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INTRODUCTION SECTION 1. Grandeur of the Subject. This book, though small, is ambitious. It is the result of long studies, undertaken with the idea that the development of our race is the grandest and most instructive of all historical subjects, and deserves the best treatment which any author can give to it. I have tried to present a comprehensive statement of the growth of humanity, an epitome of the experience of our race, explaining all the main steps by which mankind has advanced from primeral savagism to the enlightenment of our own day, with express or implied judgments on the mechanism, science, and political, social, military, ecclesiastical, moral, and philosophical systems of the different ages, races, and nations. I have done my best to compress within a few hours' reading the chief lessons of historical philosophy, to show that man is a progressive animal; that his advancement has been constant; that, though his speed has sometimes been checked for a brief period relatively, his career has never turned backward ; that the useful arts have made the chief epochs in history, and are the main bases of civilization; and that progress increases in geometrical ratio with the course of time, and tends, since the beginning of the Iron Age, to greater liberty and the emancipation of human nature from the restrictions imposed upon it by barbarism. 1647

Having sought to avoid display of erudition, complexity of detail, and pretension of style, and to present my information in a manner adapted to simple understandings, I hope that my work will be found serviceable in schools, and also valuable to general readers, while not without interest to philosophic students. The magnitude of the subject demands a book ten or twenty times as large as this, and my studies were undertaken and carried through in the intention of completing such a work; but, when I made an examination of the material, I was impressed with the idea that the first and most urgent want is a manual prepared for the multitude, to give them a summary of the ideas that fill the mind of the student who has gone over the whole range of human progress, to popularize the history of culture, and to stimulate a taste for a higher class of historical works, not filled up with the pedigrees, whims, personal peculiarities, and adventures, of kings, commanders, and courtiers, and the petty events of cabinet intrigues, military campaigns, public festivals, and popular commotions. Besides, I believe that a good history of culture, adapted to the comprehension of the million (I trust I have not failed in my efforts to make mine such a book), may be of vast service in the cause of progress toward political, social, educational, and industrial equality—a cause which has taken wonderful hold on the intelligence and conscience of our time.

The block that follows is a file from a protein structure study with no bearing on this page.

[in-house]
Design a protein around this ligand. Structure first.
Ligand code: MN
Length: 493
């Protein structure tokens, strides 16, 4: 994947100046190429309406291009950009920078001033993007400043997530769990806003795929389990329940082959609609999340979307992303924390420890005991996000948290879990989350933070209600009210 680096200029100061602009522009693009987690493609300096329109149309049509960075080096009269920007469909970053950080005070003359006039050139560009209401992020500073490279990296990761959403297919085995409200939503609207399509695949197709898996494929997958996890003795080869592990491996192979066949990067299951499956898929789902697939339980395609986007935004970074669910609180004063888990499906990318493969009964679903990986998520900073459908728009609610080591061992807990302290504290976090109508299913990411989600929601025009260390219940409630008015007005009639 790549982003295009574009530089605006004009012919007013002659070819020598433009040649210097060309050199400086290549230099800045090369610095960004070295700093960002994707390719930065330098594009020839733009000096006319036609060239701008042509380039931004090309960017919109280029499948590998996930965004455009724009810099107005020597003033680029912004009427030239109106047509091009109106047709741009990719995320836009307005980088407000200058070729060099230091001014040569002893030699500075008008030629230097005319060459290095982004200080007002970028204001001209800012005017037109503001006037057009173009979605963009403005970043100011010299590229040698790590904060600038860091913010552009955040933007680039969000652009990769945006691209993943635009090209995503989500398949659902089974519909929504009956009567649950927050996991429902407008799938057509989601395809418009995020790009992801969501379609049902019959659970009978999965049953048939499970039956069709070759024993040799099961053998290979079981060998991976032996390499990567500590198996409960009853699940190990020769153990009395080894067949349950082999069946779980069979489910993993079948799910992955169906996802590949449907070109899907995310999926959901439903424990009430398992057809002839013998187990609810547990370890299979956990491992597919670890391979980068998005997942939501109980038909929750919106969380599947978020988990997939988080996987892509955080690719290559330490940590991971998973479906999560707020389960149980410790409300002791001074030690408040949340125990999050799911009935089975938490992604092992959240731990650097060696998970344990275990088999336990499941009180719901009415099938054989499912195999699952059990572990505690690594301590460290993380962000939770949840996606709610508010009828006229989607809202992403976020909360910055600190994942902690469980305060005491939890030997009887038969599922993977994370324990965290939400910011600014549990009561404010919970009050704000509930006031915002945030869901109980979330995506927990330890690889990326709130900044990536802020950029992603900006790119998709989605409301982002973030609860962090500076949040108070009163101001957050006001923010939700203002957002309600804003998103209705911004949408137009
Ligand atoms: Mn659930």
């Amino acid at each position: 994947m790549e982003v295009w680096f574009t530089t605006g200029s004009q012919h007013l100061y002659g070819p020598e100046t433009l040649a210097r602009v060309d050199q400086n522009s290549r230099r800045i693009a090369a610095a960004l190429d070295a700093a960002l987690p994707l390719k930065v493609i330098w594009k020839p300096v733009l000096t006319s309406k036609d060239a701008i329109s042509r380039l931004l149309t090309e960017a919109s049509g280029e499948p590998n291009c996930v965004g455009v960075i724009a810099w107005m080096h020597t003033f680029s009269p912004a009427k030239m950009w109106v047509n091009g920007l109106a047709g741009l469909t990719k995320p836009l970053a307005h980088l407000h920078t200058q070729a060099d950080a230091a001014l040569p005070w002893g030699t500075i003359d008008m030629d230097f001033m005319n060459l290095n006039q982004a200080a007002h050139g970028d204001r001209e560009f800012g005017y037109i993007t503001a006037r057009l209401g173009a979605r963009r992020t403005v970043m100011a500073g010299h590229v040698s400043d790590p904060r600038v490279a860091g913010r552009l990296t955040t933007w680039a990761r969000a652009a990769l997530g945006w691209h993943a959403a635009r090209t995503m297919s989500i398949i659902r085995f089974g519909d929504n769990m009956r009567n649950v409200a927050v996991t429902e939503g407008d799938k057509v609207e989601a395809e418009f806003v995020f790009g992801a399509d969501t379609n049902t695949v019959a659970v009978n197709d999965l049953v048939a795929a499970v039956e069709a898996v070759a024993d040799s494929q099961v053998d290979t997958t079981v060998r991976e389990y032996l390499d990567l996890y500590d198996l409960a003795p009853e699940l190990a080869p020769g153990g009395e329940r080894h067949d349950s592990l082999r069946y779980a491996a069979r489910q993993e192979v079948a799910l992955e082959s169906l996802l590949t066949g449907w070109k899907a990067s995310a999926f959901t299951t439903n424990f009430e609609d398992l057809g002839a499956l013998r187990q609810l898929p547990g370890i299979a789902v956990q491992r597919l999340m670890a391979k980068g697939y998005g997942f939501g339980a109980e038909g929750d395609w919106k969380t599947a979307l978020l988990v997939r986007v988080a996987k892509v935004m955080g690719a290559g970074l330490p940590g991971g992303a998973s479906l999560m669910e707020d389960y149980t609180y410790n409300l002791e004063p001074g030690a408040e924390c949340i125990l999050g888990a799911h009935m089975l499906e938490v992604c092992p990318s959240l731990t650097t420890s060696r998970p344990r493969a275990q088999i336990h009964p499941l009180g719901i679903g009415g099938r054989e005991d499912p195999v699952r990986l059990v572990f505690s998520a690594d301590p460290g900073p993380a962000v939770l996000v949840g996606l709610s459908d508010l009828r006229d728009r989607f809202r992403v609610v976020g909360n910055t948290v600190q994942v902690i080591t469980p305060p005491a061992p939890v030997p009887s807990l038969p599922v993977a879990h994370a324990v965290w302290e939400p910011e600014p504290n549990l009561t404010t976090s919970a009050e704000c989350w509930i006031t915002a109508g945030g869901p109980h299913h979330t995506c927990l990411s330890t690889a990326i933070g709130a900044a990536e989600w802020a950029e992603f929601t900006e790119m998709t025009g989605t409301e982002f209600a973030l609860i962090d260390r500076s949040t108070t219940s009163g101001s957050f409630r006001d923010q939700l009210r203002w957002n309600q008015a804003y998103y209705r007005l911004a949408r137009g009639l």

SEC. 2. Its Newness.—The subject is new, as well as important. It has never been handled before in English. Buckle's “ History of Civilization in Eng.

land” is an introductory philosophical disquisition, and was never completed. Guizot's “ History of Civilization in France” is only a history of a few political changes which occurred in feudal times. These are the only books, accessible to the general reader, purporting to be histories of civilization, and neither deserves its title. One is not historical in character; the other is restricted to a small part of its subject. The only comprehensive histories of culture are those of Wachsmuth (1850) and Kolb (1870), in German. Neither has been translated into English, and, while the latter has many merits, yet it has also many deficiencies, and any competent translator, undertaking to supply them, would find himself compelled to prepare a new work. Gustav Klemm has published a German work, of about thirty-five hundred pages, called “ A History of Universal Culture;” but it is a series of essays describing the customs, laws, and religions, of different tribes and nations, with no mention of historical connection between them. The most notable French book in this branch, after Guizot's, is Voltaire's “Essai sur les Meurs," which was the first attempt at a history of culture, and is written with much ability and learning, but is out of date.

Persons familiar with the literature of the last twenty-five years will not need to be reminded that many of our most celebrated authors have complained that our history has been studied from a low standpoint, and should be rewritten. Buckle tells us that “the important facts have been neglected, and the unimportant ones preserved.” Comte says that our historical literature is “an incoherent compilation ;” and, in the opinion of John Stuart Mill, it is “antiquarian," not “philosophic.” I might quote expressions to the

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